Apropos of these teachers’ institutes, which are held all over our country, and which our school authorities so steadfastly believe in, what the superintendent of Utah says on the subject will stand for what they all say : “ An institute is a potent auxiliary in the aid of educational interests. It should develop the best methods of organizing, governing, and teaching the school, and elucidate the true order of mental development, It is needed to secure and maintain uniformity in school management and the conduct of school exercises, and is a current calendar by which the teachers throughout the Territory may be posted in relation to educational improvements. In one of the California school reports it is stated, ‘ In some counties the first real impulse to the cause of education dates from the first institutes held in them,’ ” The superintendent of Missouri thus refers to them : “ I shall not be guilty of throwing a false color on the report if I assert that the teachers’ institute is second to no instrumentality used in the State to promote the improvement of the teachers. Even in its lowest estate it is good. It is good as a social power. It is good as an intellectual stimulus. It is good as a cultivator of earnest, liberal thought and discussion.” Or in other and still plainer language, we may say that considered as a teachers’ debating society the institute has its value ; but whether it does the work so fondly hoped for it, i. e., puts much real knowledge or many ideas that are good for anything into the empty heads of the young school-mistresses who attend it for a few days yearly, is another question. Quite as often they are treated to a temperance exhortation or to a third-class elocutionary recitation as to anything really relating to their profession.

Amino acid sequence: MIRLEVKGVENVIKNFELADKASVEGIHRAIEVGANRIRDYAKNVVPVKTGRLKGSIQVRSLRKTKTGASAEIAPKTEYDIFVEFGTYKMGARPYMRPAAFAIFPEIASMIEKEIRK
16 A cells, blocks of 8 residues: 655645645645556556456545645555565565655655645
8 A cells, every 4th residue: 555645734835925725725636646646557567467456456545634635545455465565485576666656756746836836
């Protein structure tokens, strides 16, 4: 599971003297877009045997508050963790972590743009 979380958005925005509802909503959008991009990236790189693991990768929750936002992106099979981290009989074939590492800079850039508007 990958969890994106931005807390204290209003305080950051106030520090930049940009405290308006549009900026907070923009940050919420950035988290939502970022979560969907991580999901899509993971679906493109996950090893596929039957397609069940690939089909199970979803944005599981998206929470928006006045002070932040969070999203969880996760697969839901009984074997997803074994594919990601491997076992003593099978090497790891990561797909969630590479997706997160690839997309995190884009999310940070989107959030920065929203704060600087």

Of course the want of trained teachers is the crying want of the West as it is of the rest of the country, and as it must be until male and female principals from our colleges and assistants from the high schools can be furnished in numbers sufficient to supply the majority of the schools. It is thought by many that severe systems of examinations will lighten the difficulty, but let us listen to the energetic protest of the superintendent of California upon this solution of the problem. “California,” he says, “ is justly held up as a bright example in first inaugurating the system of state examinations.” Yet he admits that “ it is not possible to insure even a modicum of literary culture on this system of examining teachers. Examinations are frequently dishonest. Not only the candidate resorts to dishonest means; the county superintendents themselves have been known to give candidates a few days’ preliminary examinations on the questions upon which they are required to pass. Indeed, the evil became so notorious, so crying, that the state board of examinations saw itself compelled to send the examination questions securely sealed, and to insist that county superintendents do not open them until the regular meeting of the county board, and then in the presence of at least one member of the board ! ” This sounds disgraceful, but the truth is that where a State requires many thousands of teachers, and must take those who offer or none, all the examinations in the world will never put into the heads of those teachers what is not there. Inevitably, hundreds who cannot really “ pass ” will get certificates from the sheer necessity of the case. The only conclusion, then, is that the State must supply training agencies for its teachers, and there is no agency that can meet the case but the township high school system. In the immense majority of eases the teachers of a district are and must be from the inhabitants of that district. The fact that they teach at all shows that their means are limited, and therefore their training must be brought home to them. They cannot afford to go to it.